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Leave of absence for health official in furor over meddling

UPDATED: Wed., Sept. 16, 2020

FILE - In this May 1, 2018, file photo, Former Donald Trump campaign official Michael Caputo, left, joined by his attorney Dennis C. Vacco, leaves after being interviewed by Senate Intelligence Committee staff investigating Russian meddling in the 2016 presidential election, on Capitol Hill in Washington. A House subcommittee examining President Donald Trump’s response to the coronavirus pandemic is launching an investigation into reports that political appointees have meddled with routine government scientific data to better align with Trump’s public statements. The Democrat-led subcommittee said Sept. 14, 2020 that it is requesting transcribed interviews with seven officials from the Centers for Disease Control and Prevention and the Department of Health and Human Services, including communications aide Michael Caputo.  (J. Scott Applewhite)
FILE - In this May 1, 2018, file photo, Former Donald Trump campaign official Michael Caputo, left, joined by his attorney Dennis C. Vacco, leaves after being interviewed by Senate Intelligence Committee staff investigating Russian meddling in the 2016 presidential election, on Capitol Hill in Washington. A House subcommittee examining President Donald Trump’s response to the coronavirus pandemic is launching an investigation into reports that political appointees have meddled with routine government scientific data to better align with Trump’s public statements. The Democrat-led subcommittee said Sept. 14, 2020 that it is requesting transcribed interviews with seven officials from the Centers for Disease Control and Prevention and the Department of Health and Human Services, including communications aide Michael Caputo. (J. Scott Applewhite)
By Ricardo Alonso-Zaldivar Associated Press

WASHINGTON — The Trump administration health official embroiled in a furor over political meddling with the coronavirus response is taking a leave of absence, the government announced Wednesday.

The Department of Health and Human Services said in a statement that Michael Caputo was taking the time “to focus on his health and the well-being of his family.”

Caputo, the department’s top spokesman, apologized on Tuesday to his staff for a Facebook video in which he reportedly said scientists battling the coronavirus are conspiring against President Donald Trump and warned of shooting in America if Trump were to lose the November election.

The Trump appointee also was accused of trying to muzzle a scientific weekly put out by the Centers for Disease Control and Prevention.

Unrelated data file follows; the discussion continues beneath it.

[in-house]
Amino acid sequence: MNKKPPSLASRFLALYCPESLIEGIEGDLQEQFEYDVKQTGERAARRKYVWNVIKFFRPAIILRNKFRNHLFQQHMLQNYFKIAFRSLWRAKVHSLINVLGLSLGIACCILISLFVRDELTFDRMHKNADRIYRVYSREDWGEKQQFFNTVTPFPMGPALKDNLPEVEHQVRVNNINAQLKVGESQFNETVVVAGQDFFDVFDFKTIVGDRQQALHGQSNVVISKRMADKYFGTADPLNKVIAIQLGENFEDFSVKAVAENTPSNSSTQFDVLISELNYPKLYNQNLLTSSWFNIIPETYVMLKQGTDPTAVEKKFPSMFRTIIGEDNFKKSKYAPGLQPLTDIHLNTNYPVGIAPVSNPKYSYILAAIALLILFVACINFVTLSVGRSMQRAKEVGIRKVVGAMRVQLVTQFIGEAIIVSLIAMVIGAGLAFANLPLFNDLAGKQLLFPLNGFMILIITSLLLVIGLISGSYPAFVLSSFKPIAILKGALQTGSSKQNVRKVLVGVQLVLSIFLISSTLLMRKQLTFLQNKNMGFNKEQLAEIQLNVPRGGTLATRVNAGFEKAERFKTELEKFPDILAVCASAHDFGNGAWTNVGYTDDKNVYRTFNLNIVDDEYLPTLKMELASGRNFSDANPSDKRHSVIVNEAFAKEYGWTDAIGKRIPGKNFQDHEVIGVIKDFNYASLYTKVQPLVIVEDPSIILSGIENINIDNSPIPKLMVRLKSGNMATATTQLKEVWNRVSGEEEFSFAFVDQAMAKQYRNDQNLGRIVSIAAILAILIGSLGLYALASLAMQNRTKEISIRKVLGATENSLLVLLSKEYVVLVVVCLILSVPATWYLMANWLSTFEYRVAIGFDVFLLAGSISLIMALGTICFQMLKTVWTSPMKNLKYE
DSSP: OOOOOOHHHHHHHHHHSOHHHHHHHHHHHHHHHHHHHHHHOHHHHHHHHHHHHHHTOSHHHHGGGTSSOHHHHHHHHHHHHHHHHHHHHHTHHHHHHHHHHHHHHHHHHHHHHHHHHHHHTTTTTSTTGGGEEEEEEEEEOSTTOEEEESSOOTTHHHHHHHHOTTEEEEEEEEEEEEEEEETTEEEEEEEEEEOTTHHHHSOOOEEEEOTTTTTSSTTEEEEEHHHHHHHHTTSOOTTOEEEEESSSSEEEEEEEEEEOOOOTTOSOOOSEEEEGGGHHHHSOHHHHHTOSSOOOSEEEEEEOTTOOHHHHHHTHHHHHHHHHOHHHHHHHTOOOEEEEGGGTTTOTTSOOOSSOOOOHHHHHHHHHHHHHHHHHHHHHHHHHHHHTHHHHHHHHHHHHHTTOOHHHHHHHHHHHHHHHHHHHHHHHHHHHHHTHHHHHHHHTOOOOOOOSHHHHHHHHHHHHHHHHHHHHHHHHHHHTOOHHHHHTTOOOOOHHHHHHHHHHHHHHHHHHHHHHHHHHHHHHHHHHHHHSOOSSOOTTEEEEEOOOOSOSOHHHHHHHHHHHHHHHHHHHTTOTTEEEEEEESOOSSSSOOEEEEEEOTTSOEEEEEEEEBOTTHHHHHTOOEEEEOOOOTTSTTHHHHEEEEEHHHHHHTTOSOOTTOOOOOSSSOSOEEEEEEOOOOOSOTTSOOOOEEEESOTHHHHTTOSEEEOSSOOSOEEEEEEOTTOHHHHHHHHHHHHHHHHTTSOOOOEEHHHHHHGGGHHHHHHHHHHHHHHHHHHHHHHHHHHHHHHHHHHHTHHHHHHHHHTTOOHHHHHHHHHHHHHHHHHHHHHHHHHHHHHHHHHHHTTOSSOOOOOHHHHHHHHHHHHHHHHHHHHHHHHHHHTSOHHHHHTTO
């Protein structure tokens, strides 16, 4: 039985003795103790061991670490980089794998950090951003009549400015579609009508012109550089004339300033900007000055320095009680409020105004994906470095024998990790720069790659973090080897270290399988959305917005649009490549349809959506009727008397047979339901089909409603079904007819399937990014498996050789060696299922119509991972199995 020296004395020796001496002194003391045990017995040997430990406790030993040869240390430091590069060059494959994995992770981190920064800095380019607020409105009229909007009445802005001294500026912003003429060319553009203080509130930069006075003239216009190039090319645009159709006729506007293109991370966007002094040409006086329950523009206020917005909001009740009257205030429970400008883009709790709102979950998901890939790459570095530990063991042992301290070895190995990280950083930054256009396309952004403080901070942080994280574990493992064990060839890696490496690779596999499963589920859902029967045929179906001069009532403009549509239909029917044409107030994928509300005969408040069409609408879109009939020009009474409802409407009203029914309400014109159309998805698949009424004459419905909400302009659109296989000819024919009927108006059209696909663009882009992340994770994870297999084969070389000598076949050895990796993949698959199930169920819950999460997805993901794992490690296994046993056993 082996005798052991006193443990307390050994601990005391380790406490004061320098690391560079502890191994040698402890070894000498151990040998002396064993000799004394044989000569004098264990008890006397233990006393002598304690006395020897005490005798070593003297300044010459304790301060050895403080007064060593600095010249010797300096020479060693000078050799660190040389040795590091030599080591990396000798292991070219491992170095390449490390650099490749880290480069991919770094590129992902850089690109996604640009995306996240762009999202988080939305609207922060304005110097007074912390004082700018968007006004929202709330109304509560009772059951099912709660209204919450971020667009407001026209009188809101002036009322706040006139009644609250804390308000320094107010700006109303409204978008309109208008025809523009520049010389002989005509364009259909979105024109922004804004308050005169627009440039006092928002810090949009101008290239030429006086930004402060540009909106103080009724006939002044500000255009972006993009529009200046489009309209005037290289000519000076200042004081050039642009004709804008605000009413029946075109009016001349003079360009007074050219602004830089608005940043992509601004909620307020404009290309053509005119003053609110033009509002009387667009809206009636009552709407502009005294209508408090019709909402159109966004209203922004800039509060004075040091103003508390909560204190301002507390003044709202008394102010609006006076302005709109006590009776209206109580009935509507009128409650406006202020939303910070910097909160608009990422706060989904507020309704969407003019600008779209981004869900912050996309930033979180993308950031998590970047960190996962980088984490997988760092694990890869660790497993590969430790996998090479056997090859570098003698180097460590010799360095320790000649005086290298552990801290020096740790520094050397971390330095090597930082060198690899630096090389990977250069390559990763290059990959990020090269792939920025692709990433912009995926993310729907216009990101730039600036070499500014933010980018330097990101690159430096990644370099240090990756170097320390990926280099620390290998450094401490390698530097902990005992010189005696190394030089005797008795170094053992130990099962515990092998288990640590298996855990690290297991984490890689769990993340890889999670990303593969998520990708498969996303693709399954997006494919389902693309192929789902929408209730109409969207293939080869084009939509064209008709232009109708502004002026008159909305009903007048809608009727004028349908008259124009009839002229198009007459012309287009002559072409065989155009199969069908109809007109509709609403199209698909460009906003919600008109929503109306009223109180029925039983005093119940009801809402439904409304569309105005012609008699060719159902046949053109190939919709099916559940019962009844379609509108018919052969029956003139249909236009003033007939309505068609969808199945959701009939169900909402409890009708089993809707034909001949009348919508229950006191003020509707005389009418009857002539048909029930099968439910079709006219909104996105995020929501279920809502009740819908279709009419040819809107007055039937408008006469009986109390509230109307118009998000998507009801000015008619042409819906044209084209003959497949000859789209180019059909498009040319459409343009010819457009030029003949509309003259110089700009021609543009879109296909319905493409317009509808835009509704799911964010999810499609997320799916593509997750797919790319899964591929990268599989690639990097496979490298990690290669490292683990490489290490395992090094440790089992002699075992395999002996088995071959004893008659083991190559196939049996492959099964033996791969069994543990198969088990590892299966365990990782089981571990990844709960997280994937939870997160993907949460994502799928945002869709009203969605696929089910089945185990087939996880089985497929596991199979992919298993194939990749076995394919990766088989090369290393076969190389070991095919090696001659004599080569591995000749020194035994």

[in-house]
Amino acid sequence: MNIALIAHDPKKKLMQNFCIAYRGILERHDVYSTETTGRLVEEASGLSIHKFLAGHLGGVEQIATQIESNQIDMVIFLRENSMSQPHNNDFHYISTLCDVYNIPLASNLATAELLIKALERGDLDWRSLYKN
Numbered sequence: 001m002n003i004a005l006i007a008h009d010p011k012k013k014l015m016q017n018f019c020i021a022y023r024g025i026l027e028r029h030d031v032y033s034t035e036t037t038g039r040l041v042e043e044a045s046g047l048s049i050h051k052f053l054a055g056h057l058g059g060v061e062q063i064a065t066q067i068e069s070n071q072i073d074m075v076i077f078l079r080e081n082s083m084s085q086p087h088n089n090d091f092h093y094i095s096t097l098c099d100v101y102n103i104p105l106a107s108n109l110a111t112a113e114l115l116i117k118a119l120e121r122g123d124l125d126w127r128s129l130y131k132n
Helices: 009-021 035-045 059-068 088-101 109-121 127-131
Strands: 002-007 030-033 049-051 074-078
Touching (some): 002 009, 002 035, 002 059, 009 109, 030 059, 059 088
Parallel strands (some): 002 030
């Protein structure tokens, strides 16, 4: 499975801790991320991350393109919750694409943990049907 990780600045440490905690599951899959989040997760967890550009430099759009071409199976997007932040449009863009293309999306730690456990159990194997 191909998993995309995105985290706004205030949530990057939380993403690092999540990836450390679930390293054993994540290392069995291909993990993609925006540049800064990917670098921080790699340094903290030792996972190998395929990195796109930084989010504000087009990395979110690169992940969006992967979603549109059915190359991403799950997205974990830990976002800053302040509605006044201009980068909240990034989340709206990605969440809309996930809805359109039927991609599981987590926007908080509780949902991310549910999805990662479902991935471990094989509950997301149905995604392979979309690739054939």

Caputo, a fierce Trump loyalist who had no health care experience when he was appointed to the HHS job, had become a significant new problem for a White House that has struggled all year with its coronavirus response. Democrats on Capitol Hill had called for Caputo’s resignation.

His appointment at the health agency was seen as an attempt by the White House to exert more control over Health and Human Services Secretary Alex Azar, whom other administration officials were trying to blame for the government’s slow response in the initial weeks of the pandemic.

Caputo can be heard on an HHS podcast asserting that Democrats do not want a coronavirus vaccine before the election in order to punish Trump. Although Trump has made the same assertion, with no evidence to support it, such broadsides are not in a department spokesman’s normal portfolio.

News reports alleged last week that Caputo’s office tried to take over and muzzle a scientific weekly from the Centers for Disease Control and Prevention that publishes what is supposed to be authoritative, unvarnished information about disease-fighting efforts, including, most importantly at present, COVID-19.

Then on Monday came an account of the video on Caputo’s personal Facebook page in which he accused government scientists of conspiring against Trump and suggested violence could break out after the Nov. 3 election.

On a taxpayer-funded podcast earlier this summer he accused Democrats and the media of not wanting a coronavirus vaccine until after the elections in order to defeat Trump.

“There are people in the United States government on the Democrats’ side … (who) do not want a vaccine,” he said. “They don’t want a vaccine until November 4th,” he added, citing the day after the election.

It’s highly unusual to use an agency communications platform for such a blatantly political message.

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